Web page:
Jet to raise $300m ECB, use Etihad proceeds to retire debt

The airline also said it plans to raise USD 300 million in external commercial borrowings (ECB) to retire high-cost debt.

Updated: Aug 08, 2013, 23:18 PM IST

Mumbai: Jet Airways, which today posted a loss for the second consecutive quarter, said the USD 749-million cash flow from the proposed deal with Etihad Airways will help it repair its balance sheet.

The airline also said it plans to raise USD 300 million in external commercial borrowings (ECB) to retire high-cost debt.

The company reported a net loss of Rs 355.38 crore for the first quarter ended June 30 compared with a profit of Rs 24.7 crore a year earlier. Total income from operations declined to Rs 4,005.15 crore from Rs 4,587.27 crore, Jet Airways said in a filing to the BSE today.

Last month, the Foreign Investment Promotion Board approved a Rs 2,058-crore deal under which Abu Dhabi-based Etihad proposes to buy a 24 per cent stake in Naresh Goyal-led Jet Airways. The proposal needs to be cleared by capital markets regulator Sebi and fair trade watchdog CCI.

"We will use the USD 749-million proceeds from the deal with Etihad Airways, which is awaiting regulatory approvals, to retire USD 2.04 billion debt of the airline and improve the overall balance sheet," Jet Airways Chairman Naresh Goyal told shareholders at the airline's 21st AGM here.

Jet Airways group chief financial officer Ravishankar Gopalakrishnan said the company is "planning to raise USD 300 million in ECBs to retire the debt. Out of this, the airline is already in talks with banks to raise USD 150 million, while the rest will come from Etihad, once the stake sale deal is inked."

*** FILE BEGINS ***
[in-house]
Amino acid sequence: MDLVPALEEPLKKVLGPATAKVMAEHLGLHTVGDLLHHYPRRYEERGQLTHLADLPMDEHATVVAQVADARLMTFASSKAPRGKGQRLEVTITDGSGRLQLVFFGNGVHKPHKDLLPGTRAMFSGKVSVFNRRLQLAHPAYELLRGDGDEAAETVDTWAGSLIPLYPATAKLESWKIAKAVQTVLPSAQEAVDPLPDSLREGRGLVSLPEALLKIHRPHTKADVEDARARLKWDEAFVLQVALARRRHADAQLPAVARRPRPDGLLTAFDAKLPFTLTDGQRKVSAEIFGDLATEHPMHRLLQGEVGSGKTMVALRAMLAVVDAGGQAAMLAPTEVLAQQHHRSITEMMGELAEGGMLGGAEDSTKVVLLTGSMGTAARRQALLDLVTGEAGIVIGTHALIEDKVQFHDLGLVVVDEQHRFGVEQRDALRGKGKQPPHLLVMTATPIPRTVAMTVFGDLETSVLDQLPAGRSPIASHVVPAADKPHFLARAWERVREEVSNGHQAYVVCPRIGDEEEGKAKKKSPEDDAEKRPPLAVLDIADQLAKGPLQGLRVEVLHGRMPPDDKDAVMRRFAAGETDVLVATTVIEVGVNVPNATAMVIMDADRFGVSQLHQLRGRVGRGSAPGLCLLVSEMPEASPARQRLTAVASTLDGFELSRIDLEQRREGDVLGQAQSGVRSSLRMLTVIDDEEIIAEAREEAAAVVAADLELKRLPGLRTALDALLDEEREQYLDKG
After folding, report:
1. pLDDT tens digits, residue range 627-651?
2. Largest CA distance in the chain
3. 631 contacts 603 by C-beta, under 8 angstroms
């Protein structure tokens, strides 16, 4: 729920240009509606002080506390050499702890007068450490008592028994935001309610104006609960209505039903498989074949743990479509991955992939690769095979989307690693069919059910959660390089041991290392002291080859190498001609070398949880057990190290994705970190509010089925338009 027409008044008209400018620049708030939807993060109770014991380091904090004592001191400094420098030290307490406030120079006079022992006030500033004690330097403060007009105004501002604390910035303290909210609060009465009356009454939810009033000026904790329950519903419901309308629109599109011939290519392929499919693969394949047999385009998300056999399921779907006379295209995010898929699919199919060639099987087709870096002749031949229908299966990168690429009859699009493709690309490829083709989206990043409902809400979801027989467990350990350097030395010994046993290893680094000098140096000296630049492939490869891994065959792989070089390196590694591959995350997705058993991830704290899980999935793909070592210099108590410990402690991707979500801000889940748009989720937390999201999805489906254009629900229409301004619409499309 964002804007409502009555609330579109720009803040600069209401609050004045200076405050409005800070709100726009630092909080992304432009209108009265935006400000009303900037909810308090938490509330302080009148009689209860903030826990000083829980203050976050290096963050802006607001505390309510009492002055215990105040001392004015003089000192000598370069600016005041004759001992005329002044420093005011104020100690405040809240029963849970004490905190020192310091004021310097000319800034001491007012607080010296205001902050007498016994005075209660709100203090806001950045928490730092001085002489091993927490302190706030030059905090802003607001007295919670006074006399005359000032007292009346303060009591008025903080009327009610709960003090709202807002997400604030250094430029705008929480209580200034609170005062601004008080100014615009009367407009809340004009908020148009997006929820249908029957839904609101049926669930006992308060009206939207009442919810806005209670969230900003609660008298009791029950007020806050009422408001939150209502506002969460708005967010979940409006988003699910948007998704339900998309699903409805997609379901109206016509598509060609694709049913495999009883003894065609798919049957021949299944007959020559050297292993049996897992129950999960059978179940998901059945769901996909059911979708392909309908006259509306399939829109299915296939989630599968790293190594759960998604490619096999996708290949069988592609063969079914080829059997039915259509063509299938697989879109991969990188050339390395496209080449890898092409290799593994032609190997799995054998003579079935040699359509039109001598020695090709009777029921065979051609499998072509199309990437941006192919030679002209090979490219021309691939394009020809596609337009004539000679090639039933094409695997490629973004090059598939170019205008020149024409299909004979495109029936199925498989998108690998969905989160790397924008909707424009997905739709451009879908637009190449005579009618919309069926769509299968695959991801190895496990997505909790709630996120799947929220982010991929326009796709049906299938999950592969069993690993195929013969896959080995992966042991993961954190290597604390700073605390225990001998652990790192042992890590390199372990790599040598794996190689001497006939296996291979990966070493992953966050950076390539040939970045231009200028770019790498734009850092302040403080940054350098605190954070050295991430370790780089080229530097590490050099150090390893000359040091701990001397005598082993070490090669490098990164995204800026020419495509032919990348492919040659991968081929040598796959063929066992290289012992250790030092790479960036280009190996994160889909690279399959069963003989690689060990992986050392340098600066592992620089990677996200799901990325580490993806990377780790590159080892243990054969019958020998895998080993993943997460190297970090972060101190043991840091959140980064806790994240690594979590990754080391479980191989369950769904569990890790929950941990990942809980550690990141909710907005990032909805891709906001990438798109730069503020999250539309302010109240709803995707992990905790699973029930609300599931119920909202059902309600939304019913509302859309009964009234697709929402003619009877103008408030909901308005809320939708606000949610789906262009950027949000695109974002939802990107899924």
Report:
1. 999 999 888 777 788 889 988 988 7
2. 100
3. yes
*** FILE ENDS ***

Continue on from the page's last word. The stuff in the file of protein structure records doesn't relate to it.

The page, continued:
"Out of the total debt, around USD 300 million is high cost, which we want to retire with this ECB facility. That apart we also need to raise another USD 300 million in working capital this fiscal," the CFO said, without offering a timeline.

As part of the deal, the Abu Dhabi flag carrier has agreed to lend USD 150 million to Jet at 3 per cent interest.

Goyal said three of the five planes leased to Thai Airways have been returned and leased out again to Turkish Airlines. The remaining two will be returned over the next three-five months and will be retained by Jet.

Goyal said that as soon as the deal with Etihad is signed, the airline will start focusing on reducing cost in terms of lease, fuel and maintenance.

But when shareholders asked whether Jet is planning to directly import aviation fuel, Goyal said no, citing lack of infrastructure.

Overall, Gopalakrishnan said, the airline has been able to double y-o-y the revenue from the ancillary front, which jumped to USD 150 million in FY13 from USD 75 million year ago.

"Our objective is to net at least 10-12 per cent of overall revenue from ancillary services in the next 12-24 months," Gopalakrishnan added.

On the staff strength he said it has come down to 12,978 as of June-end from 13,394 as of March-end and the number of expat pilots stood at 150.

The Jet-Etihad deal has got a conditional approval from the Foreign Investment Promotion Board (FIPB) but needs approvals from the Cabinet as well as the market watchdog Sebi.